Artistic Statement

Artistic Statement

I write plays because there is a more interesting truth than what we are told is acceptable, and theatre is the best way to explore that truth.

My plays take place between the rock and the hard place. They explore what happens when two or more worldviews, built over time and experience and culture, collide. I trained in anthropology, which deeply informs the sort of questions I ask in my writing. Above all else, I am interested in why and how the meanings of things change.

I like to run towards taboo in my work. This can mean traditional taboos, like pedophilia, or quieter taboos, like maternal ambivalence, bisexuality, or white shame...things we Just Don’t Talk About, at least not in any meaningful way. I like burrowing into rhetorical wars; themes where two primary camps have long ago consecrated an accepted party line, and uncovering fresh questions that can disarm anyone who cares about it. I am deeply committed to the frequent inconsistencies between emotional and material realities.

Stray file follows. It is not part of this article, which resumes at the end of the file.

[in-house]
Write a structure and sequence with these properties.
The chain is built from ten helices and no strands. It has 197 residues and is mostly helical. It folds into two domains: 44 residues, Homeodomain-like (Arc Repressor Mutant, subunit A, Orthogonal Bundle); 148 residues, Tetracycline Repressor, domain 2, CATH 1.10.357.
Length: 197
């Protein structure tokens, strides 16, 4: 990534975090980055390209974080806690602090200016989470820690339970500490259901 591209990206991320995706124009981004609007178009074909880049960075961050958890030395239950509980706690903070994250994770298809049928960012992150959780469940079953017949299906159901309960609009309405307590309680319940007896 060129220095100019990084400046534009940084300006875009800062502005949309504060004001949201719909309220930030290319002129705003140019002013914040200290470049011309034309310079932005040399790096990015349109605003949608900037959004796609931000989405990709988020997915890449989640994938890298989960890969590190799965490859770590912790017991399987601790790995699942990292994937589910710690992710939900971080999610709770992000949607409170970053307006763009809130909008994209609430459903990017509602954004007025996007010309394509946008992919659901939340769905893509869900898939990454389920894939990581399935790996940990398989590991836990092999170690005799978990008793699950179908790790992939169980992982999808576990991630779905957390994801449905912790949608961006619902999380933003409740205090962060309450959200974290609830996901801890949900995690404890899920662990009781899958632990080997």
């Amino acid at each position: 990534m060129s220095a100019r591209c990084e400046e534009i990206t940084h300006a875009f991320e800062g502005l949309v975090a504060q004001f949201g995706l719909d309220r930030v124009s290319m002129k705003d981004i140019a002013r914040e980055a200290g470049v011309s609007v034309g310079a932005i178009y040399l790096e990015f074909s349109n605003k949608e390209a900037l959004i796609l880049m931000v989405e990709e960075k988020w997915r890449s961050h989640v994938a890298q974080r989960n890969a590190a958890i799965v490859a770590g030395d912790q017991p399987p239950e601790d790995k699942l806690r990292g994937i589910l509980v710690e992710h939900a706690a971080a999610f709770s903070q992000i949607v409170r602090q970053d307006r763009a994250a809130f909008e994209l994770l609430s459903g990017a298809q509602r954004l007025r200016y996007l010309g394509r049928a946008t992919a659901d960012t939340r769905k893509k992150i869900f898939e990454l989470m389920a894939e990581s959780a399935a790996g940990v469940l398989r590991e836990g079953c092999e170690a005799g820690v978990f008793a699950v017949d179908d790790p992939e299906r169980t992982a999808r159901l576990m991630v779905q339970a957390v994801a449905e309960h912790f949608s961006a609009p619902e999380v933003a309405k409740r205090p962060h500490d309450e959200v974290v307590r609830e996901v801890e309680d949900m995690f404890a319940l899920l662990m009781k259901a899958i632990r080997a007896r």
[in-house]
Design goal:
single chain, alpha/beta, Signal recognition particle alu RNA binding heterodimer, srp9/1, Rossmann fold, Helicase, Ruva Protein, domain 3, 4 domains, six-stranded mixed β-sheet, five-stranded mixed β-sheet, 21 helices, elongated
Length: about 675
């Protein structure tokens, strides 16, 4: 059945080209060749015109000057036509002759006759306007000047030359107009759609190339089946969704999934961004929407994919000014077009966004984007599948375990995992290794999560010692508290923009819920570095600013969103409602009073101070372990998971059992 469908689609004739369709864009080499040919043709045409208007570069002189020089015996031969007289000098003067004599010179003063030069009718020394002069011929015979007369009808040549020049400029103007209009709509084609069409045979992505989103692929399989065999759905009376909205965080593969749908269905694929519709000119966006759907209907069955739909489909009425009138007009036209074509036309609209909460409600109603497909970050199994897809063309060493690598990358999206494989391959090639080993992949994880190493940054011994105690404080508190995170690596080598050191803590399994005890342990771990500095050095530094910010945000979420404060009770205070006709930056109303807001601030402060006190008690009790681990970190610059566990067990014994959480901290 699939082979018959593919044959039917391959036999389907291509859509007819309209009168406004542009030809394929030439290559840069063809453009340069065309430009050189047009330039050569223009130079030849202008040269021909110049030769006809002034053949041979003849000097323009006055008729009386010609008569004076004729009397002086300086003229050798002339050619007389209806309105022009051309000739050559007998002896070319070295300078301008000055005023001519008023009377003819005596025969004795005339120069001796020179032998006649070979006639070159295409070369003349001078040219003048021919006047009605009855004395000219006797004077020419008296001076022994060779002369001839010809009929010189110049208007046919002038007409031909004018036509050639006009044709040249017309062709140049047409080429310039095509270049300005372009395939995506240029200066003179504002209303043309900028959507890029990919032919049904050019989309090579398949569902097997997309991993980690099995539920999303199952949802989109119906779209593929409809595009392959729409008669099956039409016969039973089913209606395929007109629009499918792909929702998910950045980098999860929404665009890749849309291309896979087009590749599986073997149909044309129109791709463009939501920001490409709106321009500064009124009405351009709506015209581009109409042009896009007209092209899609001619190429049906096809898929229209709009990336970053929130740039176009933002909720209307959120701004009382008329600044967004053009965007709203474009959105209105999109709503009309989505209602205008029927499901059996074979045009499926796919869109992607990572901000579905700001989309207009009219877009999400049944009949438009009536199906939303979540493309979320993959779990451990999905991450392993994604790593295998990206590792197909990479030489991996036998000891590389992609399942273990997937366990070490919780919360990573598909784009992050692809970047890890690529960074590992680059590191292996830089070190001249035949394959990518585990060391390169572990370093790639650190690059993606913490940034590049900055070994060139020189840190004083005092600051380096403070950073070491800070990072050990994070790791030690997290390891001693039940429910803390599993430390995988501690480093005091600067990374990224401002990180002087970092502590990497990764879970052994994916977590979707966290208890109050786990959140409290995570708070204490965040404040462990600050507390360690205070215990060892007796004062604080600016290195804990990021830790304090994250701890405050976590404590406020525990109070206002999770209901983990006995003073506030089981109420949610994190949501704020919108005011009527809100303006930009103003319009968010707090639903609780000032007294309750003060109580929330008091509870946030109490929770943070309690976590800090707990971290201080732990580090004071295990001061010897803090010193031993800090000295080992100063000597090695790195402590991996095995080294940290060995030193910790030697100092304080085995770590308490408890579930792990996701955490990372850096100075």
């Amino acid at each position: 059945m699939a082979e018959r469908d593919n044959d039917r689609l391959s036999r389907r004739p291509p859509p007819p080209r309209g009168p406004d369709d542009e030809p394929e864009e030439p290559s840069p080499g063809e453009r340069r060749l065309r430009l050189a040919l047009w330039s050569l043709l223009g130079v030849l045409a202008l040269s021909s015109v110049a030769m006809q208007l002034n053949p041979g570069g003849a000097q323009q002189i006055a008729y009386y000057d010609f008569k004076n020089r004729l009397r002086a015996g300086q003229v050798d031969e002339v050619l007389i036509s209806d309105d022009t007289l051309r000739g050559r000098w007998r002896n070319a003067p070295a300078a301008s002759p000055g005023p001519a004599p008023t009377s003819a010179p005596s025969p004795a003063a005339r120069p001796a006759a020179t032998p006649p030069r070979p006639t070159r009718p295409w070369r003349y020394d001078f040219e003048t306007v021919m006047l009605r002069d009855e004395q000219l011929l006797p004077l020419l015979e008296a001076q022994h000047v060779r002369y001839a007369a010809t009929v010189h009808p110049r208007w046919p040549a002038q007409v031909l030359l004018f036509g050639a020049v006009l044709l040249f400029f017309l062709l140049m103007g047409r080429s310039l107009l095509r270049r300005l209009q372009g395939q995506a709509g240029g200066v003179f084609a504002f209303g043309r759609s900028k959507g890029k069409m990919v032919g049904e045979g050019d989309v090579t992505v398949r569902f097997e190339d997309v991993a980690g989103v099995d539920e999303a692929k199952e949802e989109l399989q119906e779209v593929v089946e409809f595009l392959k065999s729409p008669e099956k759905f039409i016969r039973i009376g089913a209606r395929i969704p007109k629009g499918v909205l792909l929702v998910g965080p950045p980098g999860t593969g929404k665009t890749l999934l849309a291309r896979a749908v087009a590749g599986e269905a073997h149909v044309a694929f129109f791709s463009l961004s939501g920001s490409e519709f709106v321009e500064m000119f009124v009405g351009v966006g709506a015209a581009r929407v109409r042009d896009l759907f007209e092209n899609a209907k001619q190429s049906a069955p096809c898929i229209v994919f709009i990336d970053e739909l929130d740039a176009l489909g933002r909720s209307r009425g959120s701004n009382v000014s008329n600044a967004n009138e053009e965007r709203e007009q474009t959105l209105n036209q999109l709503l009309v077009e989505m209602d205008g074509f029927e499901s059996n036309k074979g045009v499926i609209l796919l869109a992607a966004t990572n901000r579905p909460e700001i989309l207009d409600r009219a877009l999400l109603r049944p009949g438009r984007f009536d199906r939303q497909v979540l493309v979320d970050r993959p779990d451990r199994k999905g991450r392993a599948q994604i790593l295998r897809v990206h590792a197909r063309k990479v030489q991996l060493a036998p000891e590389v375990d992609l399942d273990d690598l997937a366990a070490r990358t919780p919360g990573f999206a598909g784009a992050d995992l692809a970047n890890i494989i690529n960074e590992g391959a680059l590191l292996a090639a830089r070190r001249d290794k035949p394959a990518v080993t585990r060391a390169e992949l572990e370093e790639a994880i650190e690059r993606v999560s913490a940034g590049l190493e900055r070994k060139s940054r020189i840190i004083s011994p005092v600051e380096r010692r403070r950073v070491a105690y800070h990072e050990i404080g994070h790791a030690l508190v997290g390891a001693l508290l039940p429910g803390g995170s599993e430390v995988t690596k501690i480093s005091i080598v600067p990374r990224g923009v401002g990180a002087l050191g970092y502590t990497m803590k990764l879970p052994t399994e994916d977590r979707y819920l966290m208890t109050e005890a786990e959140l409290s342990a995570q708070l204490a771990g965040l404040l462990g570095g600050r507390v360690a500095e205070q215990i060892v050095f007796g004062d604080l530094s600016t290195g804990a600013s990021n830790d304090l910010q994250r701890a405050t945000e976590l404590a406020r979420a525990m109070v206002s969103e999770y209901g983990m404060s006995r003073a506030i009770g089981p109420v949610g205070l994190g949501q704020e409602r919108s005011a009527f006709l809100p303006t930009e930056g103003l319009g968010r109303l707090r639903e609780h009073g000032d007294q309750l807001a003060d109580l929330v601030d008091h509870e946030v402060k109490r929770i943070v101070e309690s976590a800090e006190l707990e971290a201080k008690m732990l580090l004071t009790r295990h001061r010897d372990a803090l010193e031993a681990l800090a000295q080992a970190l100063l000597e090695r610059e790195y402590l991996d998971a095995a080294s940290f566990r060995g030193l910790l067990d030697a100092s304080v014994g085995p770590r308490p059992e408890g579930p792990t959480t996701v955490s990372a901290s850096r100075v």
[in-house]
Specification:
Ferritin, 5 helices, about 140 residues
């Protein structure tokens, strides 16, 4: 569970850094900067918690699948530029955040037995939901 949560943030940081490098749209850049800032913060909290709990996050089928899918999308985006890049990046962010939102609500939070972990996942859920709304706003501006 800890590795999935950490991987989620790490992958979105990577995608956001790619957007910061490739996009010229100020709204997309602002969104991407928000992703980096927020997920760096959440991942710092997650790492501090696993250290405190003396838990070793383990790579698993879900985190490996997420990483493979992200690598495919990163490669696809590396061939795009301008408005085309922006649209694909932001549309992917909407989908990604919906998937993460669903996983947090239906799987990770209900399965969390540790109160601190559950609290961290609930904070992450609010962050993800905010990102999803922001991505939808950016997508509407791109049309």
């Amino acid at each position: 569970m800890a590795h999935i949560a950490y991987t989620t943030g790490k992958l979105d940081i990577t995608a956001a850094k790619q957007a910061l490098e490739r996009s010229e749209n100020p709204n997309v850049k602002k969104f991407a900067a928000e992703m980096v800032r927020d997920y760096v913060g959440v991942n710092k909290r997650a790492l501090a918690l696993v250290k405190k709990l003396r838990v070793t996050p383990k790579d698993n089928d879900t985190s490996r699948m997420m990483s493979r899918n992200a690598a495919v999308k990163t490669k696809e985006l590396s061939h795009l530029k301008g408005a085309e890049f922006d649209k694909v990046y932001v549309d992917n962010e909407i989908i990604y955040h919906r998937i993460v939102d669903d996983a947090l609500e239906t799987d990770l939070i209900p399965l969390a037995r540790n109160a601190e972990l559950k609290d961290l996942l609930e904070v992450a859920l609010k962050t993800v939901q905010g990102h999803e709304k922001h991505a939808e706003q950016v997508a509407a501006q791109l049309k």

I write because I crave honesty. I am deeply frustrated with the way we all seem to go through life 1/2 honestly. I write with the level of candor I wish I could bring into daily conversations, and go to see others' dramatic work for the same reason. I especially like stories that can disrupt assumptions, ask hard questions, tease out what is uncomfortable, and challenge its audiences to reach a higher level of connection with each other.

We go to the theatre to live vividly in reality. The theatre is not a place for aspirational modeling, though plays are, at times, inspiring. Plays don’t offer answers. What theatre can do, though, is ask questions. Point out patterns. Observe without judgement. The tension between many different people’s realities—that’s where truth lies. Not /The Truth./ But truth. Theatre offers us a bit of that honesty. It offers us a bit of that truth. That is why I write plays.